We are not what we eat! There is more to us than food and clothes. There is more to life than what we have. Where the greedy person claims that it is material things that give life meaning, the anxious person cannot get beyond the idea that it is material things that make life possible. In actual fact it is God who makes life possible and it is God who gives life meaning.

There is a spiritual dimension because we live in a world that has been made by God and where God is sovereign.

Jesus points to ways in which a sovereign God takes care of his creation.

  • You never see ravens building barns and storehouses, but God takes care of them.
  • You never see a lily with a needle and thread, but when God clothes the lilies they are more stunningly magnificent than Solomon ever was.

The point is that if God does that for them, then the disciples need to trust him to take care of them. After all, they (and we) are worth more than many birds. Our value does not come from what we have; it comes from the fact that God cares for us.

Not only does God provide food for the ravens, on one occasion in the Old Testament he even used ravens to provide food for his prophet, Elijah. He may not use ravens today, but many people can testify to the fact that he still provides, sometimes in surprising ways.

Jesus then goes on to talk about the issue of anxiety. There is a place for legitimate concern. But there comes a point when legitimate concern crosses a line and becomes distracting anxiety. There are things that we can do nothing about; anxiety will not help us. Anxiety will not add an inch to our height or an hour to our life (it might take an inch from our height as we carry the world’s weight on our shoulders, and it might take an hour – or years – from our life as we put our systems under extra strain); and it will neither feed nor clothe us.

Jesus is not trying to encourage laziness. Even the ravens have to gather what they eat.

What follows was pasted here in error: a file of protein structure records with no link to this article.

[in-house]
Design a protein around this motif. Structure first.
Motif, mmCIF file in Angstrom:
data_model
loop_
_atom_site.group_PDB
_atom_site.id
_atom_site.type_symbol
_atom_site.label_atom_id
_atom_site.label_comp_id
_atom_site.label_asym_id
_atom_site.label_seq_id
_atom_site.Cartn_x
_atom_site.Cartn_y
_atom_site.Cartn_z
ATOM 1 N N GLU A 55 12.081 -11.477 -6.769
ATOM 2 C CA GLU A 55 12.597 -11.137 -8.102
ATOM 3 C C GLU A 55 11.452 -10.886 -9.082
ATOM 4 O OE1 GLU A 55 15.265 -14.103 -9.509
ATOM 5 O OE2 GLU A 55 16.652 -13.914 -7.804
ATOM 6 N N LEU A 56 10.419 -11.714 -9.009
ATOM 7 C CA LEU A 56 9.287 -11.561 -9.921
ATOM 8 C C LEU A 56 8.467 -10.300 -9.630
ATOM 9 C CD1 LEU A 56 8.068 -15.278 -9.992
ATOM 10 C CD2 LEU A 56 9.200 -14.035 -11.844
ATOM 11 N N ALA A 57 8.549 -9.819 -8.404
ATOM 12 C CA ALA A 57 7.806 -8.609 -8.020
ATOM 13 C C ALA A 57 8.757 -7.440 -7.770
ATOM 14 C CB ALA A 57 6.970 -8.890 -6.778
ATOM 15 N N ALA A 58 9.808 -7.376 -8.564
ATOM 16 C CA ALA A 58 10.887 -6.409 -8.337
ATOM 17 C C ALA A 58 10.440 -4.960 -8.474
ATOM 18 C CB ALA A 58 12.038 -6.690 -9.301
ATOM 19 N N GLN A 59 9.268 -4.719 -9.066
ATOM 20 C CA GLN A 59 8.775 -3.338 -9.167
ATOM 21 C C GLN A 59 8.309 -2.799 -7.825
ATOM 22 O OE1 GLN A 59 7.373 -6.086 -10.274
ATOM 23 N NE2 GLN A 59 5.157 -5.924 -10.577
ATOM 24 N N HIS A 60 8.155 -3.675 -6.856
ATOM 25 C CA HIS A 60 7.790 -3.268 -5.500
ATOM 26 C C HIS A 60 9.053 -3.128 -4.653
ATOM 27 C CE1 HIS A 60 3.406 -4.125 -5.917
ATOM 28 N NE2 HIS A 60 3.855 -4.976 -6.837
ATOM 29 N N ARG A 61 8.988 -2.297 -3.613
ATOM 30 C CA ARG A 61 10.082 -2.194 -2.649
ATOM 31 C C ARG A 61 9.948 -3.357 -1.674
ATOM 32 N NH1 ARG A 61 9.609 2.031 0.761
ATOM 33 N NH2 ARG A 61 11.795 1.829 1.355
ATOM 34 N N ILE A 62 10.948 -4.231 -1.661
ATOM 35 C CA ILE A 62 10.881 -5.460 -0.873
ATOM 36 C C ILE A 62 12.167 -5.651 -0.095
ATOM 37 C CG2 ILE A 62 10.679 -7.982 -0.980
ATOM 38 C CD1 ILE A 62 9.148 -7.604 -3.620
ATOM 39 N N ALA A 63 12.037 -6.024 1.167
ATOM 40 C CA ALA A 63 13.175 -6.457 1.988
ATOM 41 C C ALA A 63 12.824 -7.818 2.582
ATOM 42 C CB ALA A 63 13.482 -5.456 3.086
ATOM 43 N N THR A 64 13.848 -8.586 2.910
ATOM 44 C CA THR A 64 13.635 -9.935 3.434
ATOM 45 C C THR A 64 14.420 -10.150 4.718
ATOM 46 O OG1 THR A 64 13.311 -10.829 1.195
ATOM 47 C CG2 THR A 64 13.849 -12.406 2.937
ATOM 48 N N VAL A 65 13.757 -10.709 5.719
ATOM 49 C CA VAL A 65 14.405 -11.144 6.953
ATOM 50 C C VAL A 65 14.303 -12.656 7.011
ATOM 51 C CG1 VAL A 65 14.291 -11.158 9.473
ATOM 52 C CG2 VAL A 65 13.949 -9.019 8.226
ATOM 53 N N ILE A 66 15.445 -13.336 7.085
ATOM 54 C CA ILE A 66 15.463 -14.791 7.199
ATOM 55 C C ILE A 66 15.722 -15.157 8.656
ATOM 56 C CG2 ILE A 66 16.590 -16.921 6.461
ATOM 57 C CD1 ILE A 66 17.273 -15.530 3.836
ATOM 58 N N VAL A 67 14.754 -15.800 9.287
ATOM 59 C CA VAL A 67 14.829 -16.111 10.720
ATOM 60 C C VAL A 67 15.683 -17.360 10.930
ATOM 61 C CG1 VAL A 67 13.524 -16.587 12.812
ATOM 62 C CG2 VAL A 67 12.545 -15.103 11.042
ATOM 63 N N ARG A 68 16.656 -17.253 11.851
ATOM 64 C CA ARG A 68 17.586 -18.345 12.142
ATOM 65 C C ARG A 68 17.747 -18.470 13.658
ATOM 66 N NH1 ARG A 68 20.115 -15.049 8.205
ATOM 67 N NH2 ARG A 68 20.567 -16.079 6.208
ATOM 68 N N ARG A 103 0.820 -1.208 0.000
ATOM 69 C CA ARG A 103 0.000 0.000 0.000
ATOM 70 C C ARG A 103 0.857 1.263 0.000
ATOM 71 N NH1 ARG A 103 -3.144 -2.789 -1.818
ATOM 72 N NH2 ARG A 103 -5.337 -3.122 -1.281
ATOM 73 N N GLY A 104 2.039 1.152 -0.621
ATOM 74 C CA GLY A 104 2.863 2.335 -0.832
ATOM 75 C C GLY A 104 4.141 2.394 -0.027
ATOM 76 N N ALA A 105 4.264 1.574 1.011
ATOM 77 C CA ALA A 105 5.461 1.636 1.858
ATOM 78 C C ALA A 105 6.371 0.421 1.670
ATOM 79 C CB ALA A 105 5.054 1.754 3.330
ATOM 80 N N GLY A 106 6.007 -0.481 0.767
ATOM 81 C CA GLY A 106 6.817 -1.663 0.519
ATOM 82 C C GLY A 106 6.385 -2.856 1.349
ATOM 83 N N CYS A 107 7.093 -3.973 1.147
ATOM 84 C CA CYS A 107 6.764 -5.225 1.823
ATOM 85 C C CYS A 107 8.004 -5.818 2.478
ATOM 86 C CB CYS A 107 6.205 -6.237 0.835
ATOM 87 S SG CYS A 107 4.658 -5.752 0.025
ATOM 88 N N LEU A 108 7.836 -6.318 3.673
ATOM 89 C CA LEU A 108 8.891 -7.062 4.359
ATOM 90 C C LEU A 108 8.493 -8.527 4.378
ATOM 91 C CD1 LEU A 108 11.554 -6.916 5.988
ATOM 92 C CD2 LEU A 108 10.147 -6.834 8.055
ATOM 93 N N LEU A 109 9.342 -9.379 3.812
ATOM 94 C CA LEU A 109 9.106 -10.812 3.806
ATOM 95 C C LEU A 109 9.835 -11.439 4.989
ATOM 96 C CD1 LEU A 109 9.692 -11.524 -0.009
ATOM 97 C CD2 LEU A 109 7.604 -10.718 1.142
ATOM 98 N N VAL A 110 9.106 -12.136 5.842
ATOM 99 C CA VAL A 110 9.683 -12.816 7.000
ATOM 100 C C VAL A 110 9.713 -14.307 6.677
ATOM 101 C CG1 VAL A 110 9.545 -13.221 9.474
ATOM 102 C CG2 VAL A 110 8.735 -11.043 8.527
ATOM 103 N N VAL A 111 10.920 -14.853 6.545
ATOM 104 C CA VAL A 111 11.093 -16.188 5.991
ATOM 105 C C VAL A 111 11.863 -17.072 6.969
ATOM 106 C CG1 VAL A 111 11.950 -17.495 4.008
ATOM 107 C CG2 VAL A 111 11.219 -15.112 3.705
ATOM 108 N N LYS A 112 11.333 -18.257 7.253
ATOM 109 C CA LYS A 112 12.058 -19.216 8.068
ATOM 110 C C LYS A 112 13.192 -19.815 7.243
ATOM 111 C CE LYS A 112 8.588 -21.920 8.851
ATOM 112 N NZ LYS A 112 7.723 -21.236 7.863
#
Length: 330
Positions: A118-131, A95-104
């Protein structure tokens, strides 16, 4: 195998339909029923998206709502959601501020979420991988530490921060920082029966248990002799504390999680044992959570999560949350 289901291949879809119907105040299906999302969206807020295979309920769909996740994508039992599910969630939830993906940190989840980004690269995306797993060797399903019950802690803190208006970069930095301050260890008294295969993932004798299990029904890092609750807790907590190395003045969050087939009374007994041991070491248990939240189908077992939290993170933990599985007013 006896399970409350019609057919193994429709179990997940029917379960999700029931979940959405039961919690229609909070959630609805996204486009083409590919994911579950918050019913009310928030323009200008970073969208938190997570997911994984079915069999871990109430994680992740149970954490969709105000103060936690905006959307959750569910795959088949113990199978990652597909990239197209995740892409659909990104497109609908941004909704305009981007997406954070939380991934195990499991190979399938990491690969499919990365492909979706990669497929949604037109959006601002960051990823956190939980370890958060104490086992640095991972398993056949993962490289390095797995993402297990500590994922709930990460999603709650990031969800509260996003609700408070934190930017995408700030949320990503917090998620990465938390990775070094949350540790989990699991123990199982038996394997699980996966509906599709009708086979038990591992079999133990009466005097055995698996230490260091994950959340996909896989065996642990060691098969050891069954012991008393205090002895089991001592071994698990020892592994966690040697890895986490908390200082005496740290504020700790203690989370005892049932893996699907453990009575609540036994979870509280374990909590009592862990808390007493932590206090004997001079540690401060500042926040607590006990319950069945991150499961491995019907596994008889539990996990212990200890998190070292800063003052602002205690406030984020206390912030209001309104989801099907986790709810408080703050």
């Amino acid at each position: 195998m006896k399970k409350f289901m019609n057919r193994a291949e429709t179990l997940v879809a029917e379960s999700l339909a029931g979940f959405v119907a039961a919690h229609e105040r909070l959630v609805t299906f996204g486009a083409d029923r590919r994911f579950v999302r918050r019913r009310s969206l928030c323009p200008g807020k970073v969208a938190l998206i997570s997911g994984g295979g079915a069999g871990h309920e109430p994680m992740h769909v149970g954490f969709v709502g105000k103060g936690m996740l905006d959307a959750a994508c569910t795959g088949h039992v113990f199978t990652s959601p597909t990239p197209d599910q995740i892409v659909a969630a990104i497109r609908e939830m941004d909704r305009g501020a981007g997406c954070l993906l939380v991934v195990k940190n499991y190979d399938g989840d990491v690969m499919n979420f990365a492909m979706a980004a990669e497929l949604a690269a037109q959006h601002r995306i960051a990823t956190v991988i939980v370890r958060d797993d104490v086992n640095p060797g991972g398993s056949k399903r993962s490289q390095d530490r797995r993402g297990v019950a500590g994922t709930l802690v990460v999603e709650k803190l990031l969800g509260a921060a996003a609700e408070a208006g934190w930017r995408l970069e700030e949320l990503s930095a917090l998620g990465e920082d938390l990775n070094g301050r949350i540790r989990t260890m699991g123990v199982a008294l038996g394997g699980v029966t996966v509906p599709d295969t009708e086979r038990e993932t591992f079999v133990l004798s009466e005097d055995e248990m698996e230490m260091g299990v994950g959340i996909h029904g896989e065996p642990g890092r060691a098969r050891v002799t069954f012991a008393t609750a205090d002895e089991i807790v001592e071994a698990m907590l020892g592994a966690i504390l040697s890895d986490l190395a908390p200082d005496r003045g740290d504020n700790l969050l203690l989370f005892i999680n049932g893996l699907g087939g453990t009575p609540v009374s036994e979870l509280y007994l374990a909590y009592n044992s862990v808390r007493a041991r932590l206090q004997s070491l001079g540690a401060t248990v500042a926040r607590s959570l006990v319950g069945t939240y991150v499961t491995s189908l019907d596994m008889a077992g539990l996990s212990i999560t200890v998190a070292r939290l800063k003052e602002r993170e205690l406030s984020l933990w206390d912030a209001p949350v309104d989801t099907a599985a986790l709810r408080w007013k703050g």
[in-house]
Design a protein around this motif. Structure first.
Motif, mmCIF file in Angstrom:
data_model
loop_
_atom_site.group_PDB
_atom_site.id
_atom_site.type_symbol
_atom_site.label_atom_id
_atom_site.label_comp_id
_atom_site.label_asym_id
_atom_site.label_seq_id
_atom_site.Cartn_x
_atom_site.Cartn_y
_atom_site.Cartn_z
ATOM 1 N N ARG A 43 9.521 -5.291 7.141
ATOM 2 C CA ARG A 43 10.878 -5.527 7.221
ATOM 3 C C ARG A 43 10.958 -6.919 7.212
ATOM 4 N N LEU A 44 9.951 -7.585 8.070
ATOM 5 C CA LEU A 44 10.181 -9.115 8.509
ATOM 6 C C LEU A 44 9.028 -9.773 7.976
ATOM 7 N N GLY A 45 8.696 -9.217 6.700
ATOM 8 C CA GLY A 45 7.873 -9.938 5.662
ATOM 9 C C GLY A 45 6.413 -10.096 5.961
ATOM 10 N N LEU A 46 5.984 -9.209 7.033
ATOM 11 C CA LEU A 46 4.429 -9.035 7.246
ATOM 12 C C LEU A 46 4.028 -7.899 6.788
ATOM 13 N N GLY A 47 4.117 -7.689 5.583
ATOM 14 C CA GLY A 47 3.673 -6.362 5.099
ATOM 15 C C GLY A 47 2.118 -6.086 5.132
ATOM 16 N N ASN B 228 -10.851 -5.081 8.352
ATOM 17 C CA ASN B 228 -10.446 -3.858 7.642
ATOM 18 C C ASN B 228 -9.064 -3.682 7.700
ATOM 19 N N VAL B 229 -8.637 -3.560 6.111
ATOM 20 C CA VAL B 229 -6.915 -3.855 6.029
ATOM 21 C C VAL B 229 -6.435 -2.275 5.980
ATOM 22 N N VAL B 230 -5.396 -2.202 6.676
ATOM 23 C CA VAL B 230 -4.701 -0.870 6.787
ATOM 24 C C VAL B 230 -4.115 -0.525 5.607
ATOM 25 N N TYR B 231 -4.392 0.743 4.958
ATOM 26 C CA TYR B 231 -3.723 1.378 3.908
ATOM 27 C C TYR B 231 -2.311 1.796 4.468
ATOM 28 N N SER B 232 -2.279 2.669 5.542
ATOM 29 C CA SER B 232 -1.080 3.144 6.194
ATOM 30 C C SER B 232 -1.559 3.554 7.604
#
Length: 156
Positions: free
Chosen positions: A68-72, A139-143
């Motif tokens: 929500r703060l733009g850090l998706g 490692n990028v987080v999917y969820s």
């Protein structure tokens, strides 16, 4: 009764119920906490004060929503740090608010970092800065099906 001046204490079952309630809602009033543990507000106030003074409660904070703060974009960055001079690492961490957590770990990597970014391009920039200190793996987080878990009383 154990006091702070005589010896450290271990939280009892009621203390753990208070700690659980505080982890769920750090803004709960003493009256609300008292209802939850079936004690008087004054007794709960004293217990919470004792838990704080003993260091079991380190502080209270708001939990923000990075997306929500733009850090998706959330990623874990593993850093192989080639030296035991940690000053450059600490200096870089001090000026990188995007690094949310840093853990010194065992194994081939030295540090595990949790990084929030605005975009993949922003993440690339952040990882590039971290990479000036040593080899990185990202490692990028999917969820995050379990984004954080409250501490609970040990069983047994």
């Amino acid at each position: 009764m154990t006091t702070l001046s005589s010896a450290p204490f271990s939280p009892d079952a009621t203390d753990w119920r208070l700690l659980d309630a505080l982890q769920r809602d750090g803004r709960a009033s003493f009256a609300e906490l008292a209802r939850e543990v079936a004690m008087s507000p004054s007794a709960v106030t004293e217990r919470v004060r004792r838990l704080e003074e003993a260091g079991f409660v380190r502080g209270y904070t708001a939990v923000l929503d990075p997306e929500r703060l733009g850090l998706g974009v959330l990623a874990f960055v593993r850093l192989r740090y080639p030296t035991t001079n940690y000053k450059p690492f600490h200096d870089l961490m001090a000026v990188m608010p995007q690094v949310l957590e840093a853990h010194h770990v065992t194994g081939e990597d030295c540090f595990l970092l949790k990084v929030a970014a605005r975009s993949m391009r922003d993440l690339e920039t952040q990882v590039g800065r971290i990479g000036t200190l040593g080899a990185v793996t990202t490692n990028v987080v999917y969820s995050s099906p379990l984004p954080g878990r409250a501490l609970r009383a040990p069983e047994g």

We have several trees in our garden. Birds flock to one of them where my wife has attached a supply of nuts and grains for them to eat. Under God, she is providing for them. But the birds have to come and fetch what is available. It does not drop out of the sky into their nests.

Similarly God has ordained work.

Jesus’ point is not to free us from the need to work, but to free us from the need to worry. As he calls his disciples to seek God’s kingdom, he knows that worry about material things could be a distraction. So he asks them to trust God. Materialism defines many people who do not know God; Jesus wants his followers to be different.

They are not only to be different in the way they trust God to provide for them because they know that life is not just material; they are different because instead of accumulating for themselves, they give to the needy (verse 33). This is the kind of investment that brings a guaranteed return in the kingdom.

The conclusion comes with this challenging statement:

Where your treasure is, there will your heart be also.

There is a connection between treasure and the heart. Where are your attention and affection drawn? To the car parked in your garage? To your portfolio of shares? If that is where your heart is drawn, that is what you truly value.

Someone once said that when a biographer sets about the task of evaluating the character of the person he is writing about, once of the first things to be done is to examine the stubs of that person’s cheque book. How a person handles money and possessions says a great deal about what they really believe about life, about what really matters, about what has true value.

When the farmer faced his dilemma and wondered what to do, the way he answered his own question revealed what kind of man he was. He was a greedy man. He was isolated from and insulated against everyone else. He lived without any reference to the God who had given him everything.

The question is not so much about what possessions you hold, but whether those possessions (or even their lack) hold you.


Part 2: The Story.

Part 3: The Lesson.